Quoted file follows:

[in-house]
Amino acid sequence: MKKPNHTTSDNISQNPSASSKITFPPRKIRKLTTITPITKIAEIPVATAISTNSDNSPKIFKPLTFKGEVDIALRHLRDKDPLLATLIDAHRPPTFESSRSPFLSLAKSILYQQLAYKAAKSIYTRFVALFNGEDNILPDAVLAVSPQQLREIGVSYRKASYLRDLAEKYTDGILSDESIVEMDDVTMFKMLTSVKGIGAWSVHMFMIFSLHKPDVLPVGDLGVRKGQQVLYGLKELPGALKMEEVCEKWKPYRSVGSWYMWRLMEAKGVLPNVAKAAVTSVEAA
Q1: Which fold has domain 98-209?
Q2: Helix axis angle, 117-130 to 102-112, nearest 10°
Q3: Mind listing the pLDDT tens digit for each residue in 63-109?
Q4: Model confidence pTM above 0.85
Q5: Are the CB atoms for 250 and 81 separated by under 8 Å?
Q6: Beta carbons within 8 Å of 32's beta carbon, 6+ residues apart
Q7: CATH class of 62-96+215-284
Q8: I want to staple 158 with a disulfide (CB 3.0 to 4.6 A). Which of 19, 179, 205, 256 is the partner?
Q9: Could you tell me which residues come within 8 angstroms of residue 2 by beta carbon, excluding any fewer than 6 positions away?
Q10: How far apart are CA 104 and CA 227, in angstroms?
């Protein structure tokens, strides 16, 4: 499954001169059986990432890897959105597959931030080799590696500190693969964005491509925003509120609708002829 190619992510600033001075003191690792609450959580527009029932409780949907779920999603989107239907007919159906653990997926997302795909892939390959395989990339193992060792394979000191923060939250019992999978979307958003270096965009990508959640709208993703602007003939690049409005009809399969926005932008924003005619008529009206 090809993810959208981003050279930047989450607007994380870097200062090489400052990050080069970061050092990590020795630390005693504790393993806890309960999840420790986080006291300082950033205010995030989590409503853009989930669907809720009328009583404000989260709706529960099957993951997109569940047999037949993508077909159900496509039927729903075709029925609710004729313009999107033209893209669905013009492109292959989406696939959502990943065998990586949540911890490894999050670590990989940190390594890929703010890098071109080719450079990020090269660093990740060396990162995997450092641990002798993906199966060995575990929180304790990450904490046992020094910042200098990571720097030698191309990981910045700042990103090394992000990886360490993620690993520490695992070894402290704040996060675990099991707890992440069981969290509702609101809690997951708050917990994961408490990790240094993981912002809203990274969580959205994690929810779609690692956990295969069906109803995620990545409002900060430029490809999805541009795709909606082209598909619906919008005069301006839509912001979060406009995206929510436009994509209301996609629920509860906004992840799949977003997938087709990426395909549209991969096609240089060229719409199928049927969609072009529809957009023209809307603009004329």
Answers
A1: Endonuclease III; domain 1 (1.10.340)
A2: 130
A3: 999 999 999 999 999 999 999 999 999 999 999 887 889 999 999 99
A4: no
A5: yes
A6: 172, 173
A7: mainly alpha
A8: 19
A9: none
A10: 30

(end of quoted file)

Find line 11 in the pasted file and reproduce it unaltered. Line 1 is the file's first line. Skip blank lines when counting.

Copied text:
Q9: Could you tell me which residues come within 8 angstroms of residue 2 by beta carbon, excluding any fewer than 6 positions away?